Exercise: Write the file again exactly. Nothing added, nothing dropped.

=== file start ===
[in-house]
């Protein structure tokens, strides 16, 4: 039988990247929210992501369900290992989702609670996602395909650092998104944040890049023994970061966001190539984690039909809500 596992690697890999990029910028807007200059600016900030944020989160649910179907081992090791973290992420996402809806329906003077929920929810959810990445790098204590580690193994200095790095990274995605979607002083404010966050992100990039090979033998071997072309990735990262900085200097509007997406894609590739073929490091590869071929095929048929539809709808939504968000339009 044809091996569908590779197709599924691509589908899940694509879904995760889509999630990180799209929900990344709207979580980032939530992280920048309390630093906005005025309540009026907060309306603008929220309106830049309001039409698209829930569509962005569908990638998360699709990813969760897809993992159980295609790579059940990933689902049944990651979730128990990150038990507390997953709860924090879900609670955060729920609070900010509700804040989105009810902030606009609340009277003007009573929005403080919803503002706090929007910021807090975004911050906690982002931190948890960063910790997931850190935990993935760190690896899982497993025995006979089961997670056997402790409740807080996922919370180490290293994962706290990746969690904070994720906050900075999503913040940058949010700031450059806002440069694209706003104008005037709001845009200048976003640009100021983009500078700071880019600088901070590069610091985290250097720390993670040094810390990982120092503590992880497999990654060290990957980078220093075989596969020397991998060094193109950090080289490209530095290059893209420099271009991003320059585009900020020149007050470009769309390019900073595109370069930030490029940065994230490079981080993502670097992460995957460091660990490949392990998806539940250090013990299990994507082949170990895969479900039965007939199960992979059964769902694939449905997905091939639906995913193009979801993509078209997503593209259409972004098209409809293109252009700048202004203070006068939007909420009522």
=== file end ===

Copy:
[in-house]
């Protein structure tokens, strides 16, 4: 039988990247929210992501369900290992989702609670996602395909650092998104944040890049023994970061966001190539984690039909809500 596992690697890999990029910028807007200059600016900030944020989160649910179907081992090791973290992420996402809806329906003077929920929810959810990445790098204590580690193994200095790095990274995605979607002083404010966050992100990039090979033998071997072309990735990262900085200097509007997406894609590739073929490091590869071929095929048929539809709808939504968000339009 044809091996569908590779197709599924691509589908899940694509879904995760889509999630990180799209929900990344709207979580980032939530992280920048309390630093906005005025309540009026907060309306603008929220309106830049309001039409698209829930569509962005569908990638998360699709990813969760897809993992159980295609790579059940990933689902049944990651979730128990990150038990507390997953709860924090879900609670955060729920609070900010509700804040989105009810902030606009609340009277003007009573929005403080919803503002706090929007910021807090975004911050906690982002931190948890960063910790997931850190935990993935760190690896899982497993025995006979089961997670056997402790409740807080996922919370180490290293994962706290990746969690904070994720906050900075999503913040940058949010700031450059806002440069694209706003104008005037709001845009200048976003640009100021983009500078700071880019600088901070590069610091985290250097720390993670040094810390990982120092503590992880497999990654060290990957980078220093075989596969020397991998060094193109950090080289490209530095290059893209420099271009991003320059585009900020020149007050470009769309390019900073595109370069930030490029940065994230490079981080993502670097992460995957460091660990490949392990998806539940250090013990299990994507082949170990895969479900039965007939199960992979059964769902694939449905997905091939639906995913193009979801993509078209997503593209259409972004098209409809293109252009700048202004203070006068939007909420009522």